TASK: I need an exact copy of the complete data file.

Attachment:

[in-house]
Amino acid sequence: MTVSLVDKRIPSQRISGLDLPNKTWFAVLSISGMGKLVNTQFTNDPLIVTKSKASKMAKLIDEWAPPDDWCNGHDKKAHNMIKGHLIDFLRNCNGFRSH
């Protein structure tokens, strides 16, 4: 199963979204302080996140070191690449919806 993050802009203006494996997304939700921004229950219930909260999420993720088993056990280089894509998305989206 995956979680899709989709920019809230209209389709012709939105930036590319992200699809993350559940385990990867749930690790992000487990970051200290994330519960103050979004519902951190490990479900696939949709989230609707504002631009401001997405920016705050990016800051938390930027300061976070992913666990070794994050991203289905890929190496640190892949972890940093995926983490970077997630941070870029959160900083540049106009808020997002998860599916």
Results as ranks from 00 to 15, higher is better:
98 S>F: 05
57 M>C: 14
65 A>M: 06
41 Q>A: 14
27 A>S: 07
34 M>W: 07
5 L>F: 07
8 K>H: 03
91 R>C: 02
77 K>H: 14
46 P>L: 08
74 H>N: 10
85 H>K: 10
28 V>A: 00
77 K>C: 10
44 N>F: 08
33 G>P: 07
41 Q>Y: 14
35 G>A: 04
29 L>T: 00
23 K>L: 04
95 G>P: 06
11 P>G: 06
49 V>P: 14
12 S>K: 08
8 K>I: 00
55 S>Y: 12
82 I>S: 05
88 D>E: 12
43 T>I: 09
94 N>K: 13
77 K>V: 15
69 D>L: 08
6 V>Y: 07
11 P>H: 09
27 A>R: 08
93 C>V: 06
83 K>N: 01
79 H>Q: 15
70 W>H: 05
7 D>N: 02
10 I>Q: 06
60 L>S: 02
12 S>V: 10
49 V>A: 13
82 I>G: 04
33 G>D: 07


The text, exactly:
[in-house]
Amino acid sequence: MTVSLVDKRIPSQRISGLDLPNKTWFAVLSISGMGKLVNTQFTNDPLIVTKSKASKMAKLIDEWAPPDDWCNGHDKKAHNMIKGHLIDFLRNCNGFRSH
């Protein structure tokens, strides 16, 4: 199963979204302080996140070191690449919806 993050802009203006494996997304939700921004229950219930909260999420993720088993056990280089894509998305989206 995956979680899709989709920019809230209209389709012709939105930036590319992200699809993350559940385990990867749930690790992000487990970051200290994330519960103050979004519902951190490990479900696939949709989230609707504002631009401001997405920016705050990016800051938390930027300061976070992913666990070794994050991203289905890929190496640190892949972890940093995926983490970077997630941070870029959160900083540049106009808020997002998860599916």
Results as ranks from 00 to 15, higher is better:
98 S>F: 05
57 M>C: 14
65 A>M: 06
41 Q>A: 14
27 A>S: 07
34 M>W: 07
5 L>F: 07
8 K>H: 03
91 R>C: 02
77 K>H: 14
46 P>L: 08
74 H>N: 10
85 H>K: 10
28 V>A: 00
77 K>C: 10
44 N>F: 08
33 G>P: 07
41 Q>Y: 14
35 G>A: 04
29 L>T: 00
23 K>L: 04
95 G>P: 06
11 P>G: 06
49 V>P: 14
12 S>K: 08
8 K>I: 00
55 S>Y: 12
82 I>S: 05
88 D>E: 12
43 T>I: 09
94 N>K: 13
77 K>V: 15
69 D>L: 08
6 V>Y: 07
11 P>H: 09
27 A>R: 08
93 C>V: 06
83 K>N: 01
79 H>Q: 15
70 W>H: 05
7 D>N: 02
10 I>Q: 06
60 L>S: 02
12 S>V: 10
49 V>A: 13
82 I>G: 04
33 G>D: 07